Judge extends court order requiring Mesquite’s Hillcrest Apartments to provide hotels to tenants

A Dallas County court on Friday extended a temporary restraining order against owners of Hillcrest apartments following demands by the city of Mesquite for the resort to fix widespread heat outages, hot water outages and leaks. open sewer problems.

The extension of the temporary restraining order by Judge Ashley Wysocki means that the apartment complex must provide tenants who do not have working air conditioning, adequate heating, hot water and air conditioning. other services alternative accommodation until repairs are made. The extension expires on April 7, when another hearing will take place.

But residents interviewed by The Dallas Morning News say that they have not been offered accommodation and that sufficient repairs have not been made.

Lawyers representing Hillcrest Apartments were not immediately available for comment.

The City of Mesquite sued Hillcrest landlords on Feb. 14 following an outcry from tenants who alleged years of trouble. The judge’s decision comes weeks after a previous court order that required the landlord to provide alternative housing for tenants whose units have no heat or hot water and units that have sewer blockages or are within 200 feet of open sewers.

Reporters spoke to several tenants at the approximately 350-unit complex this week and said they had not been contacted by apartment complex managers to obtain access to court-mandated free housing.

Mesquite City Manager Cliff Keheley previously told reporters that city inspectors documented more than 150 units without heat from Feb. 23-24, when temperatures were below zero.

Keheley said residents should report heating, air conditioning and hot water outages to Hillcrest management first. After a tenant or the city notifies the landlord of needed air conditioning, heating, or sewer repairs, the apartment complex must provide the free hotel room to affected residents within three hours.

Residents should then contact the city if Hillcrest management fails to complete repairs in a timely manner, Keheley said.

Lack of repairs

At Friday’s hearing, Mesquite’s attorneys requested that air conditioning be added to the judge’s list of repairs, city officials said.

The city said in a statement that the court schedule precluded a full hearing, but the judge ordered an extension and the amendment to add air conditioning to the previous order.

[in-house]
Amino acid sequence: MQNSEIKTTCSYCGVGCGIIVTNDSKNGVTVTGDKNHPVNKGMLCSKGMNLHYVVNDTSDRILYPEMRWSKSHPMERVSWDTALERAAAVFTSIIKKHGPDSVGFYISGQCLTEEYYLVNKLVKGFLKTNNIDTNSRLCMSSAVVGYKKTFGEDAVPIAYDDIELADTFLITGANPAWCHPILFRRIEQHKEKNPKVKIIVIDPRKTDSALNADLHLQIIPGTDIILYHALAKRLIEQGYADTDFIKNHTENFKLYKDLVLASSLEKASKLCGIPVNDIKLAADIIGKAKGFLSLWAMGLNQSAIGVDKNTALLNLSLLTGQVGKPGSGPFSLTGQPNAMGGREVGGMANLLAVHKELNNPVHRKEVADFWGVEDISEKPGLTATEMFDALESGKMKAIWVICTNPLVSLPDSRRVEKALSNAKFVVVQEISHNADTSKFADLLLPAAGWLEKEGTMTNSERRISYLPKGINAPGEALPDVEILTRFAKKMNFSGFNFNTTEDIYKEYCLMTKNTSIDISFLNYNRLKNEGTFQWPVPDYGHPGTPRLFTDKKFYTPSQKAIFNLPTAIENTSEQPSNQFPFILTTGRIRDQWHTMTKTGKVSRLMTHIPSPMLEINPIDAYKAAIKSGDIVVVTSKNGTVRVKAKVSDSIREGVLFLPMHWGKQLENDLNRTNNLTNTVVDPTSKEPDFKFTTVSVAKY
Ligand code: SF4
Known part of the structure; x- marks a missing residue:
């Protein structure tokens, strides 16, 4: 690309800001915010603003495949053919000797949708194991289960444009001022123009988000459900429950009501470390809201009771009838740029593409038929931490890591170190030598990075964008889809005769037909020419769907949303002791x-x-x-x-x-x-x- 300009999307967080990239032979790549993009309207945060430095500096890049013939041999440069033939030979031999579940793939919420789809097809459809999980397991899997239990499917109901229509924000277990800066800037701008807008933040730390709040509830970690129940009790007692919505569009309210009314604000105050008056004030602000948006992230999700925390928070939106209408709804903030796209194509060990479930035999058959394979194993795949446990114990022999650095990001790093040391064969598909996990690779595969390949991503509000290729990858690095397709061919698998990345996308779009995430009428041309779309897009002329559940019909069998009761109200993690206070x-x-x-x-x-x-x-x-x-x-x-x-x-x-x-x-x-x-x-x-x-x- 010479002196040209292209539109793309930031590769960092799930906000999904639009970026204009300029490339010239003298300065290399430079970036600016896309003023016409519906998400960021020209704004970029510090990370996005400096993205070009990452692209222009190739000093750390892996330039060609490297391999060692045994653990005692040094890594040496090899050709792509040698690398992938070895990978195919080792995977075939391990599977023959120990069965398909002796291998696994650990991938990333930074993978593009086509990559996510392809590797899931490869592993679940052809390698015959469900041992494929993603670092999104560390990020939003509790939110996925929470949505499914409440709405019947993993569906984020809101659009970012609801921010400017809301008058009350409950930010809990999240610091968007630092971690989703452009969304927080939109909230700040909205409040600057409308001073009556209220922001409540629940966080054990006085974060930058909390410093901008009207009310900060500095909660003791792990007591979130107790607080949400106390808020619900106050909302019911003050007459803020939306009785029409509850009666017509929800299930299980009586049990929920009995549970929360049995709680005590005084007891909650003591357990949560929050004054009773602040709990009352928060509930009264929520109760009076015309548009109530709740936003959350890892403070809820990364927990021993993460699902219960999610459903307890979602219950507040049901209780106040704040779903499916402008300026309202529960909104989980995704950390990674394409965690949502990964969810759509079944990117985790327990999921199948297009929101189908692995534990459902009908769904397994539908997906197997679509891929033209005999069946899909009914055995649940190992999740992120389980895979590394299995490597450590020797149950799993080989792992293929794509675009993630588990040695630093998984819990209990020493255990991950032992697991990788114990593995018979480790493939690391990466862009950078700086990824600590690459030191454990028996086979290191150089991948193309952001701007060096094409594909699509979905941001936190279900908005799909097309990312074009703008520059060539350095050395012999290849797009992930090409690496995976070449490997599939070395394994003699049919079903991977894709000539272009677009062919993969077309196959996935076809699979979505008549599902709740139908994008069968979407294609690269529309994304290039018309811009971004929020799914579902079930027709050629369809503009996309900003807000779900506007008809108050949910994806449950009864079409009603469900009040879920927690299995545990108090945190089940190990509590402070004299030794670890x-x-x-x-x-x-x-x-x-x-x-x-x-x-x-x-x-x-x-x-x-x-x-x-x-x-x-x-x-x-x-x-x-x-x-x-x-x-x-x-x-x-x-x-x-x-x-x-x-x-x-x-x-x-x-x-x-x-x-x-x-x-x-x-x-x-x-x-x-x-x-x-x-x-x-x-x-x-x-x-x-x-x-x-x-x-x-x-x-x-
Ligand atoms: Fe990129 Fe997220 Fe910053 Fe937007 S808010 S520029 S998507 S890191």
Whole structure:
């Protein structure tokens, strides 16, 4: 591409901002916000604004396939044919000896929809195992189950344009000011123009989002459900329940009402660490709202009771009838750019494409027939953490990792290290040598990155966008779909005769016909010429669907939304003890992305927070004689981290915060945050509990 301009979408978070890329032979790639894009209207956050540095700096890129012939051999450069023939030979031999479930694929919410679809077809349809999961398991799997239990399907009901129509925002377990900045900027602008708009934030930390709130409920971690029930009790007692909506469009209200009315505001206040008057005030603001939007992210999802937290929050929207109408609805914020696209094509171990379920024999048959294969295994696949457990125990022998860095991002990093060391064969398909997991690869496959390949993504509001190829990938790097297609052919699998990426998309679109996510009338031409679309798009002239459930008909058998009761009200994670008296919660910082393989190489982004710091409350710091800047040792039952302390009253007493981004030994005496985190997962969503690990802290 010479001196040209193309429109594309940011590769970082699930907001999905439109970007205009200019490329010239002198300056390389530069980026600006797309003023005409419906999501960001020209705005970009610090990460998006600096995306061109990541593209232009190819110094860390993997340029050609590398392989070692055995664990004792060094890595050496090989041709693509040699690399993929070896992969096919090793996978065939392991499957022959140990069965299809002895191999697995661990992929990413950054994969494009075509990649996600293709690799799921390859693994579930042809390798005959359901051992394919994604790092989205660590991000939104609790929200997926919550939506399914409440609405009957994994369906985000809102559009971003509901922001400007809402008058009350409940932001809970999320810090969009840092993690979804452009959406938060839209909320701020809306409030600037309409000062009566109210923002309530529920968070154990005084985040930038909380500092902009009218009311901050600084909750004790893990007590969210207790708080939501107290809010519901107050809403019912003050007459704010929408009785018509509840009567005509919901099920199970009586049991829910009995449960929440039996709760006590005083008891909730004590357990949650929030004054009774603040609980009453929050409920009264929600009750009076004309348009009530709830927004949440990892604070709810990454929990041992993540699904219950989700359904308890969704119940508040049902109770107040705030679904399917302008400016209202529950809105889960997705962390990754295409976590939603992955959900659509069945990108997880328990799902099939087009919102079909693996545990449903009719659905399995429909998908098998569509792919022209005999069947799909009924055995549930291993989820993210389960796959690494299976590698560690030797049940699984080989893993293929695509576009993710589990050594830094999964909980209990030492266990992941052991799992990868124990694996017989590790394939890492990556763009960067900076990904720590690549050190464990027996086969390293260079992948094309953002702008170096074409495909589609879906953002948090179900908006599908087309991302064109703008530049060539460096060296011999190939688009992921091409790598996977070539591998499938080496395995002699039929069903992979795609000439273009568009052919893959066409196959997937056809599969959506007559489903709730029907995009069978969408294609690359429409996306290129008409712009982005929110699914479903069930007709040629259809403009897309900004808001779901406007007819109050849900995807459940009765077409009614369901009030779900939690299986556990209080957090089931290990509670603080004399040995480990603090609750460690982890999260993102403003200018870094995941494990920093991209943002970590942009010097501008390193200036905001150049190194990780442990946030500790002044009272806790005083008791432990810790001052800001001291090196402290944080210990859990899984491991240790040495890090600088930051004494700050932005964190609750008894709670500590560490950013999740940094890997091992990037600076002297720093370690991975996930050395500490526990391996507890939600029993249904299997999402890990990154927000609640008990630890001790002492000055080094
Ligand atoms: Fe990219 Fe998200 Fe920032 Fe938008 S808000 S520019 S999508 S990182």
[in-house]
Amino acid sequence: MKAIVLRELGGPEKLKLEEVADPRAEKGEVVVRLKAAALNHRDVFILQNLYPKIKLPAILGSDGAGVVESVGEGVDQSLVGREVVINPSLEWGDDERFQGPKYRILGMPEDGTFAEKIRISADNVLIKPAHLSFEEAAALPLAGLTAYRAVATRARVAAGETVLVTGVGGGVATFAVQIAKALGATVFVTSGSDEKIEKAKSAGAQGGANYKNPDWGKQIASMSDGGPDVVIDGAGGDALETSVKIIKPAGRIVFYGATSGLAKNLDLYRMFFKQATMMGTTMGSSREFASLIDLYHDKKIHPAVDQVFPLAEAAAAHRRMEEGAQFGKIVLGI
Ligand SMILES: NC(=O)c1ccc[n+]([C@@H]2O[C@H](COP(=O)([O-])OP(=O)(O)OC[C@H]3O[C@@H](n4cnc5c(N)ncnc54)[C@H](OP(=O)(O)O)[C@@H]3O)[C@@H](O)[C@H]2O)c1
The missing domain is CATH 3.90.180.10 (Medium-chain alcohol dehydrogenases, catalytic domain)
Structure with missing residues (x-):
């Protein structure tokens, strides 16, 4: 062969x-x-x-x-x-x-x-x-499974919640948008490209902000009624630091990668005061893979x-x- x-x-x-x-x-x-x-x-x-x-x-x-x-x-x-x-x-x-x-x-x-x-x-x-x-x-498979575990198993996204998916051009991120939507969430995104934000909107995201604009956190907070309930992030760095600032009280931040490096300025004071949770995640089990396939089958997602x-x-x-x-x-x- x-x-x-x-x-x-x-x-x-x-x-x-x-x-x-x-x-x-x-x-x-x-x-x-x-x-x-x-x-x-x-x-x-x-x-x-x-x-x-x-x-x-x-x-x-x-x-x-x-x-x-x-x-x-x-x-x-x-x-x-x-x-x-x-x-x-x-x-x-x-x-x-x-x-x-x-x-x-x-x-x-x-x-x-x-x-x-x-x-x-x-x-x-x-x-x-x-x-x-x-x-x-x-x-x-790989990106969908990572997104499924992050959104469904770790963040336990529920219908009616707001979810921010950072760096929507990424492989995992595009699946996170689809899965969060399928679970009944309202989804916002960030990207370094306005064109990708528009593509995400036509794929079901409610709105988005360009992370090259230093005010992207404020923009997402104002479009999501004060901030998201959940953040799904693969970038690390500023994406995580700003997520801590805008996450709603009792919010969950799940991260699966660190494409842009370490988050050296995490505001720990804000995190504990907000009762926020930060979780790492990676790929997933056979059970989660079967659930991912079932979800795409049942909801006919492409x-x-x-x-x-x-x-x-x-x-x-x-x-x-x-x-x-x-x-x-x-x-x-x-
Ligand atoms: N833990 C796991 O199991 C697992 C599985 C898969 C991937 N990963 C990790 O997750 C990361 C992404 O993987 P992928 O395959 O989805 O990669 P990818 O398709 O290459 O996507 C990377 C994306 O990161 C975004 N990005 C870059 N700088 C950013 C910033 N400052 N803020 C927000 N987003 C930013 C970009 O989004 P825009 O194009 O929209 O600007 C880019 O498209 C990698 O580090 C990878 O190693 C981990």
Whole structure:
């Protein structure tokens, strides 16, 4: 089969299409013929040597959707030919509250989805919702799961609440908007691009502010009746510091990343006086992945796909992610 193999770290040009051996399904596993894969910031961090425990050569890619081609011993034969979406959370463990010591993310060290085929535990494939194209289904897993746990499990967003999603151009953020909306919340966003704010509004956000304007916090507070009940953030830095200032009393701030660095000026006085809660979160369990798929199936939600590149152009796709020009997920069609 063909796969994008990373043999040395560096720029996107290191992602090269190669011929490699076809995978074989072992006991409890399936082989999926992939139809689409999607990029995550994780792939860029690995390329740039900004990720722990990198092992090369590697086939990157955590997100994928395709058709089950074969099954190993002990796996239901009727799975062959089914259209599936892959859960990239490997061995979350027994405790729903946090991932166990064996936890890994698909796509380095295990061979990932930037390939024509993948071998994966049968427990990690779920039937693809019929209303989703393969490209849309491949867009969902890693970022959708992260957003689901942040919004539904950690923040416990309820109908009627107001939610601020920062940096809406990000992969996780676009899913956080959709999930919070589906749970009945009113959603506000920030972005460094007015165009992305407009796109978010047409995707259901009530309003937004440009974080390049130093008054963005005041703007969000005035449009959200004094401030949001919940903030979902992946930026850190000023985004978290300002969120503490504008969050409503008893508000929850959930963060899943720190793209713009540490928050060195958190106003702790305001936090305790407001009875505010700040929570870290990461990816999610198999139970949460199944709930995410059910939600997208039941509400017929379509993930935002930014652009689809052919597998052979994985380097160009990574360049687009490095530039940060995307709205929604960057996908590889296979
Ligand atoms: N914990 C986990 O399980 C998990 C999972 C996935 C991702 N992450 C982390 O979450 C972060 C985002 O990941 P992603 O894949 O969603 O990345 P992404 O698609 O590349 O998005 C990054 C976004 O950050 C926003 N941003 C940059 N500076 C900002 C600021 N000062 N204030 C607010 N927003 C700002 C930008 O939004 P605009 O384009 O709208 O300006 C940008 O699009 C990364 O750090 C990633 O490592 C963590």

Brittany Jones, a longtime resident who is one of the leaders in the charge to improve conditions at the resort, says she has no confidence Hillcrest owners will comply with the order, or that the city ​​will do a lot in response.

“I have no confidence that anyone can fix anything,” Jones said. “Everyone knows but nobody does anything. They’re playing hot potato with Hillcrest Apartments.

Robert Eden, an attorney who previously represented Hillcrest Apartments, previously said in a statement sent to The news that management is working to complete the repairs, which have been delayed due to “supply chain issues, pandemic-related contractor shortages and other uncontrollable challenges.”

But Jones alleges the Hillcrest real estate office no longer stores paper work orders, in what she says is an effort to stop residents sending in repair requests by certified mail.

Sending written demands by certified mail is one way tenants can gain standing in court to force their landlord to repair damage to their apartment.

Jones won $5,000 in damages last week against the former owners of the Hillcrest Apartments in a lawsuit for redress and relief, a case that many legal experts say is a tough one for tenants to win if they owe rent payments.

Jones said she helped at least two other Hillcrest tenants file lawsuits and restitution in Dallas County courts this week.

Despite winning her case against her landlord, Jones still has to find somewhere else to live after the Dallas County Housing Choice Voucher program deemed her apartment uninhabitable in November.

“The deck is stacked against us”

Other lawsuits regarding Hillcrest Apartments were heard in Dallas County courts over the past week.

Some Hillcrest residents told reporters they had fallen behind on rent and thought they didn’t have to pay because Hillcrest was being sued to fix their apartments. But unlike other states, Texas law doesn’t allow tenants to withhold rent for landlords who don’t complete repairs in a timely manner.

A Dallas County court dismissed eviction cases for about 20 Hillcrest residents on Friday because the landlord’s petition was improperly filed, according to Stuart Campbell, the executive attorney for the Dallas Eviction Advocacy Center, who represented tenants with Northwest Texas Legal Aid attorneys.

Several residents say that if they could move, they would. Nearly a dozen other residents said The news this week that local housing agencies who say they have to move out of substandard housing or likely lose federal housing reimbursements are giving them until the end of April to find new housing.

A couple said they called looking for apartments all day from 8 a.m. to 5 p.m., but few had vacancies. When they do, they do not accept government housing vouchers.

Roderick Williams, a resident of the complex for 8 years, said he was told last month he had to move because his unit had failed inspection three times. But there is nowhere to go, he said.

He searched everywhere, he said, including the remote rural towns of Mesquite. But the only voucher-accepting properties he found with vacant units were large houses. He can’t afford the expensive rent or security deposit for a house like that, he said.

“The deck is stacked against us,” Williams said.

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